By March 17 we will provide links to materials advertising illumos participation in GSoC 2012. We encourage community members to advertise these opportunities through appropriate channels. If you have contacts in university departments that teach potentially qualified students or access to students through alumni social networks, it would be especially appreciated if you let them know of our participation and encourage them to make it known to their students.

GSoC is a commitment for the community, as well as for anyone who volunteers as a mentor.

Students will appear on IRC and mailing list from March 17 (some enterprising ones possibly earlier) to April 6 (the application deadline) seeking to learn more about illumos and project prospects. We strongly encourage applicants to learn more about illumos by building and installing illumos-gate on top of an existing distribution, fixing bite-sized bugs, learning to navigate the codebase, discussing projects either from the community suggestion page or on their own initiative, and otherwise becoming involved as contributors before submitting applications.

We encourage all community members to engage positively with promising potential applications who demonstrate such interest, capability, and commitment before and during the application period. Applicants will be evaluated in part based on public community interaction. If students contact you privately about their interest, respond as you feel comfortable, but please also remember that pubic interactions are a substantive basis for evaluation, both for acceptance and completion, and be sure that students are aware of this.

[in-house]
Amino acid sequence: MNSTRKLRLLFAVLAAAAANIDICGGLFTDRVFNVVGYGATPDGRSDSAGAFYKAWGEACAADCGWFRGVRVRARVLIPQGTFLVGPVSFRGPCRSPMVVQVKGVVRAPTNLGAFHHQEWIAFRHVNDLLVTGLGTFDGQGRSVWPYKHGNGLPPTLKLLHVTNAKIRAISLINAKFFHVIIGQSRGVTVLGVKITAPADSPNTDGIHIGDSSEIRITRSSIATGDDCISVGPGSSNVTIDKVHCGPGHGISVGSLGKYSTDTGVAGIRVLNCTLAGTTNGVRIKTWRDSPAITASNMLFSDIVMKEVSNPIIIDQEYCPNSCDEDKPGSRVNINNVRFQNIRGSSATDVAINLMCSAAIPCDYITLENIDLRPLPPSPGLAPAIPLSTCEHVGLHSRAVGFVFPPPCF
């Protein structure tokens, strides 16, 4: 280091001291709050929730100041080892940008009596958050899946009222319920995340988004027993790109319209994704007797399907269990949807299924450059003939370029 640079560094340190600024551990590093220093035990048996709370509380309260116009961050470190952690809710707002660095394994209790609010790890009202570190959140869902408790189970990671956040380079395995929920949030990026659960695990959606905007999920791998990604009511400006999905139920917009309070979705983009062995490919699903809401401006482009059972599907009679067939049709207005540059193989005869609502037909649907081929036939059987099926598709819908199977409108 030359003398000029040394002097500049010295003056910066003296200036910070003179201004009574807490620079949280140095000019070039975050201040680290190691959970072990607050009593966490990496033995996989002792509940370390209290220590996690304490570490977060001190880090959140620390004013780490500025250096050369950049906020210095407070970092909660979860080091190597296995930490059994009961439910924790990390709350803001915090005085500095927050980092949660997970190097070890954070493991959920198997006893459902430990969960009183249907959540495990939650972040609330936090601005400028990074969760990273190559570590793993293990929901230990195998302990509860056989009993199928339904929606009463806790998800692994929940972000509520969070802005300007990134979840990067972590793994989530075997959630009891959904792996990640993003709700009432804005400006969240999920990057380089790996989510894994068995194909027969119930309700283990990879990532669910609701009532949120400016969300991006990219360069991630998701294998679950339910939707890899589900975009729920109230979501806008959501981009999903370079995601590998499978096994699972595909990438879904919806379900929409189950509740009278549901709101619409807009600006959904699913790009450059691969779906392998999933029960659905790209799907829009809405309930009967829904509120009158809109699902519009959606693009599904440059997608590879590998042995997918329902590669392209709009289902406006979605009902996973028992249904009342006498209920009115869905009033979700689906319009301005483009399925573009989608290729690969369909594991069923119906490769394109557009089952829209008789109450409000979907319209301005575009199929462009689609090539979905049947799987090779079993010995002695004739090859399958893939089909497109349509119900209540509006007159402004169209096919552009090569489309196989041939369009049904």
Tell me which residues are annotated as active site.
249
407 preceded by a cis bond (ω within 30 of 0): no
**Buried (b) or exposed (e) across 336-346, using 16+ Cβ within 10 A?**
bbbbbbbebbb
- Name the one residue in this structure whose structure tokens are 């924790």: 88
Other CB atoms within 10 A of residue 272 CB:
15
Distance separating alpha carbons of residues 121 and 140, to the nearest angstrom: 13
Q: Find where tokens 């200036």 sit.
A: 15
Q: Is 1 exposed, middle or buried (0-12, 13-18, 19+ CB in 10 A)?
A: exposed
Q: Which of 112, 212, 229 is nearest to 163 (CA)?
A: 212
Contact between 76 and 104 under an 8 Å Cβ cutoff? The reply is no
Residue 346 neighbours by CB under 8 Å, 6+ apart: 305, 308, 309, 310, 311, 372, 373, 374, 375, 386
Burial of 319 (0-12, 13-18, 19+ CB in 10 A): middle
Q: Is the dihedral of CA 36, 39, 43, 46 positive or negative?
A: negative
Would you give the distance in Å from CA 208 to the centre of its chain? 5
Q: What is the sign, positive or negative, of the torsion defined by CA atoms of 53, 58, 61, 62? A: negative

Students are expected to engage the project sufficiently before the official beginning of their mentorship that they can begin working on their official start date of May 21. Students will be expected to devote sufficient time to the project between being accepted on April 23 and starting on May 21 to begin development work on their start date.